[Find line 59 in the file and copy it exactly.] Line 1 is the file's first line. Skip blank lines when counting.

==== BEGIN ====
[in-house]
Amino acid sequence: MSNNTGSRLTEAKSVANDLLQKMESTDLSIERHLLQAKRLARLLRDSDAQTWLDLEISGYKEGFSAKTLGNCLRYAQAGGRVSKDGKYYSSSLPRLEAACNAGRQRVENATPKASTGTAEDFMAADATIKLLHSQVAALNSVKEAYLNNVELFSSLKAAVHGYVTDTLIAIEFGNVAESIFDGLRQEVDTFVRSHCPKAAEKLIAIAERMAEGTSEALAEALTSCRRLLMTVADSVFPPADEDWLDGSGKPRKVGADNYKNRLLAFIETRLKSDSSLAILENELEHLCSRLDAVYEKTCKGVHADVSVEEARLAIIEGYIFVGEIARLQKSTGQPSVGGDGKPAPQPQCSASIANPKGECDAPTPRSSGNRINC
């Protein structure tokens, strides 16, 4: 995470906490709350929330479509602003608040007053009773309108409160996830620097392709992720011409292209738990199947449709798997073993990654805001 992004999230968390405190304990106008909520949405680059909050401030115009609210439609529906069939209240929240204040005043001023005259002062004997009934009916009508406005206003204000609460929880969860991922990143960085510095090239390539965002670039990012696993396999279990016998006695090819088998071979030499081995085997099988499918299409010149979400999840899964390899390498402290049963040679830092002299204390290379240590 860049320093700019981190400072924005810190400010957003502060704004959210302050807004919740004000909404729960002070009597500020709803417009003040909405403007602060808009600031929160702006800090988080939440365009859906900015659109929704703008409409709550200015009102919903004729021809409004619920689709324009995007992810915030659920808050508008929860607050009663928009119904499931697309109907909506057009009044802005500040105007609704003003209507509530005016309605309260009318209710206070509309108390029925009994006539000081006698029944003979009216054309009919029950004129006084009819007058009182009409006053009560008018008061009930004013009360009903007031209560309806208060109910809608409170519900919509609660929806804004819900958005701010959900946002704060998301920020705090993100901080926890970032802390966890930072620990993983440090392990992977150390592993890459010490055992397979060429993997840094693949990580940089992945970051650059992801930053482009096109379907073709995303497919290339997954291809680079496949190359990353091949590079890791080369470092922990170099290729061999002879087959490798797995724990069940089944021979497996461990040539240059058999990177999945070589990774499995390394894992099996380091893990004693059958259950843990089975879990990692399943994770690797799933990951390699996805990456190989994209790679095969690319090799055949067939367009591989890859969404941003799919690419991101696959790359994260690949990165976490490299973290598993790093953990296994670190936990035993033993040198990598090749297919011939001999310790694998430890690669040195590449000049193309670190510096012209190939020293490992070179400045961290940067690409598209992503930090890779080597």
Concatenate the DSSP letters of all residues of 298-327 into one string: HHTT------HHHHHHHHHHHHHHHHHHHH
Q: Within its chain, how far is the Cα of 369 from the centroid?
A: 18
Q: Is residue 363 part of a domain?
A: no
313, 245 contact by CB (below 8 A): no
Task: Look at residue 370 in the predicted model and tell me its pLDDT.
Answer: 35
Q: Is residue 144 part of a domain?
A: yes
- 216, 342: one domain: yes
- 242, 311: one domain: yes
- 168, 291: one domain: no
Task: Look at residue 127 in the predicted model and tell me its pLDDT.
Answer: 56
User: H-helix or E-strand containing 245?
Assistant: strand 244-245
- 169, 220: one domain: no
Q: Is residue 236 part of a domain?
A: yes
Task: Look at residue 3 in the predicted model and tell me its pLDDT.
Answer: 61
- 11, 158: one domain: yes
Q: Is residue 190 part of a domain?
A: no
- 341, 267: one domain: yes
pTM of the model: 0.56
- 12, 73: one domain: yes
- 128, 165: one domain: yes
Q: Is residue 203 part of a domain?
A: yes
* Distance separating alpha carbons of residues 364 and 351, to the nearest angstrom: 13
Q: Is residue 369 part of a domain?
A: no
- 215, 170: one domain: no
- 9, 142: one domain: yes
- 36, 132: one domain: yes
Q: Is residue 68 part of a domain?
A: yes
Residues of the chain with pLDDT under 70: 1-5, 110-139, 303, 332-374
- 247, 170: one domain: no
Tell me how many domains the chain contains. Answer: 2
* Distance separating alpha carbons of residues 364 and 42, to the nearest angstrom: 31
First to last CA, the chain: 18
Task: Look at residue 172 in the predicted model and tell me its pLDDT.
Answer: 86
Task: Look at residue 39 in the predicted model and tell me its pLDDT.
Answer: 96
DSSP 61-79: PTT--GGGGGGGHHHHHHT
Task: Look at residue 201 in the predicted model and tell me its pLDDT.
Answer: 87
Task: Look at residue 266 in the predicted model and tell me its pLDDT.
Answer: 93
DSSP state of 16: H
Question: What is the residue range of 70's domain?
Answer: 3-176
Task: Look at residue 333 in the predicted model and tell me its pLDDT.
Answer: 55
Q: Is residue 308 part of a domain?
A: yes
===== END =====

Answer: 3-176